Erdoğan risks kicking the hornet’s nest as he threatens the Montreux Convention

Turkish President Recep Tayyip Erdoğan’s Istanbul Kanal project unquestionably raises issues about the Montreux Convention, which has served as a pillar not only of Turkey’s national security, but of regional stability for 85 years.

Erdoğan has deliberately threatened to meddle with the treaty, and has kicked the hornet’s nest of international indignation as a result. The Turkish president clearly loves international attention - his detention of 10 retired admirals who protested his threatening was another media grab -- but he is likely to get some he will not like this time.

“Erdogan’s words and actions] were likely to spotlight the question of the Istanbul Kanal’s impact on the Montreux Convention, making it probable that Erdoğan will now come under increased international pressure to clarify his intentions,” analyst wrote Aron Lund in a report for the Swedish Defence Research Agency FOI.

Certainly the words are clear enough. "We currently have neither any efforts nor intention to leave the Montreux Convention," Erdoğan told reporters after a meeting of top ruling Justice and Development Party (AKP) leaders, Anadolu news agency reported on April 5.

This would seem to settle the matter, except he immediately said just the opposite. 

He added that “his administration would not hesitate in the future to review any agreements to get a better deal for Turkey.”

The report cited Erdogan as saying that the 1936 convention was reached following long negotiations and that control of the straits was handed to Turkey instead of an international commission with “many limitations.”

Erdogan said Turkey would “stick to the deal until it finds the opportunity for a better one. Turkey will also get an alternative under its full sovereignty outside the limitations of the Montreux Convention. This is [part of] our struggle for sovereignty."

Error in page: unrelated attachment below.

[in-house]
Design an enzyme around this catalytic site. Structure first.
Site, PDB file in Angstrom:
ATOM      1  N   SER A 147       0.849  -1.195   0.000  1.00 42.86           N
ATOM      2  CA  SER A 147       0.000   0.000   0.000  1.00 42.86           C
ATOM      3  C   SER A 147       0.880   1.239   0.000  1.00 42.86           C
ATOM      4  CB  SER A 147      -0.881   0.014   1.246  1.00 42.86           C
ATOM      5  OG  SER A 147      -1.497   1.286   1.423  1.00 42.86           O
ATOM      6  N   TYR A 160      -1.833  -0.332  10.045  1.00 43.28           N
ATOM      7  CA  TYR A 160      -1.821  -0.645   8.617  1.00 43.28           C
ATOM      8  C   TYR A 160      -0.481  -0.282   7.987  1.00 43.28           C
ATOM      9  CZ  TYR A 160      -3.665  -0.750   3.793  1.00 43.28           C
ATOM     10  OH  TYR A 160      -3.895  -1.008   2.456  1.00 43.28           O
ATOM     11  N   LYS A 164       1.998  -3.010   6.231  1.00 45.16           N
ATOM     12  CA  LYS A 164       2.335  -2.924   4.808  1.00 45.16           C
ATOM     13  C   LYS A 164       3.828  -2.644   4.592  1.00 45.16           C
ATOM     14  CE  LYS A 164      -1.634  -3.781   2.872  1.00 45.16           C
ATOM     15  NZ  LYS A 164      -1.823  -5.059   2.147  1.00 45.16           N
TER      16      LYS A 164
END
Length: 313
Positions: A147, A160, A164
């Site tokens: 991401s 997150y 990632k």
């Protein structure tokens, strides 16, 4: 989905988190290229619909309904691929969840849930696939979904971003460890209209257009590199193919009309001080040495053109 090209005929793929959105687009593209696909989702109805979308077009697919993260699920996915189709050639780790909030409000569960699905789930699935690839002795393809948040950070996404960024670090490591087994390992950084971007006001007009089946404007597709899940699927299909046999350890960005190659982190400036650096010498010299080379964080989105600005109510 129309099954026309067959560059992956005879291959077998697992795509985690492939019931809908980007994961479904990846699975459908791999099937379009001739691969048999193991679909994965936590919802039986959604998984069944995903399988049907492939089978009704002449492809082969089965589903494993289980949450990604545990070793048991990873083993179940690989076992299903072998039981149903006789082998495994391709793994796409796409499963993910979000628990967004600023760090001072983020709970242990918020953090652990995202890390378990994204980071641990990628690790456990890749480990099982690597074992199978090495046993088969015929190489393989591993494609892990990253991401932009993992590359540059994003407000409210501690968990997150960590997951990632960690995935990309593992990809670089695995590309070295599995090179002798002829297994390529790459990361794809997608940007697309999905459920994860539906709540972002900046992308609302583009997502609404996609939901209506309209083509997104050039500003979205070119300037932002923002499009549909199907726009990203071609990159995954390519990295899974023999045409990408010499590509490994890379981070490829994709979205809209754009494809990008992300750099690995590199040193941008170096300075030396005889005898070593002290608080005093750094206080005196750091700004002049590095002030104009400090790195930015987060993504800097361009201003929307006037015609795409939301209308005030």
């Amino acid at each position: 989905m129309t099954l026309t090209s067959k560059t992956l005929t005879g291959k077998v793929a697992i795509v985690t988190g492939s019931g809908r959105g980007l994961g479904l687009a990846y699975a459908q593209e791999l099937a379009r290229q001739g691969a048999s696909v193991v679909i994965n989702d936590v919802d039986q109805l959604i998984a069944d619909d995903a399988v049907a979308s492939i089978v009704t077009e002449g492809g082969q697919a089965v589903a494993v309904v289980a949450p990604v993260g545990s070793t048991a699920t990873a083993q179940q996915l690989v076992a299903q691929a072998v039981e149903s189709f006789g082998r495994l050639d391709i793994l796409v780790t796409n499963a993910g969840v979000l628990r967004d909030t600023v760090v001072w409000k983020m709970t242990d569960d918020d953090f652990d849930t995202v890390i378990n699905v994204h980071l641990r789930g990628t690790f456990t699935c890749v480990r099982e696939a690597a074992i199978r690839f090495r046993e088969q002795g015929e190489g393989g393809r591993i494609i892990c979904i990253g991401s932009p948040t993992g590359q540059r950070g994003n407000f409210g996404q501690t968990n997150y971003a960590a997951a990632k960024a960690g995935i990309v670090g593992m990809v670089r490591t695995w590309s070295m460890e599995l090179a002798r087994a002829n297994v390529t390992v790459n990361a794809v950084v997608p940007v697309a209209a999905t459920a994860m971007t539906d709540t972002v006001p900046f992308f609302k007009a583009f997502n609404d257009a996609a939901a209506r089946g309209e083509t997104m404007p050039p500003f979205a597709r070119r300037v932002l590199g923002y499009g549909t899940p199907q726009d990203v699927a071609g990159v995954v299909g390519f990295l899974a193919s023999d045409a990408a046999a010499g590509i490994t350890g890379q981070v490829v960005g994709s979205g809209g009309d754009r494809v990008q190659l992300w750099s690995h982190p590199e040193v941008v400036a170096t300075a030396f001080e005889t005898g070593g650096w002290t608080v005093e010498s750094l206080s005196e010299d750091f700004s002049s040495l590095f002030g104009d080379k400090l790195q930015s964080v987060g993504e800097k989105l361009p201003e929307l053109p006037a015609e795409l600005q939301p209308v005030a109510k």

The notion of an “alternative” has led to international consternation, as the report notes.

“Turkish officials have stated that the Istanbul Canal could be completed in five or six years. As Turkey takes the first steps toward the canal’s physical construction, the question of its impact on the Montreux Convention remains in dispute. Neither Erdoğan nor other Turkish officials have been willing to discuss the issue in any detail, and the resulting lack of clarity has opened the gate to speculation, in Turkey as well as abroad.

The idea that the Istanbul Canal could meaningfully bypass the Montreux rules seems particularly spurious since, in addition to the Bosphorus, the convention also covers the Sea of Marmara and the Dardanelles,” the report points out.

To dissolve or weaken the Montreux framework risks igniting serious Russia-NATO tension with potentially serious consequences for Turkey. At the very least, it would create a new and unfamiliar situation in the Mediterranean/ Black Sea region, the report says.

Erdoğan’s showboating has already ignited Vladimir Putin.

"In regards to Turkey’s plans for construction of the Istanbul Canal, Russia emphasised the importance of preservation of the 1936 Montreux Convention in order to ensure the regional stability and safety of the regional Black Sea straits regime," an announcement from Russian news agency Tass on April 9 explains.

Nor is the United States pleased by the Erdoğan’s threats.

“The United States has long supported the “principle of freedom of transit and navigation” referred to in Article 1 of the Convention, and effectively abides by the rules in it,” notes defence analyst Paul Pryce.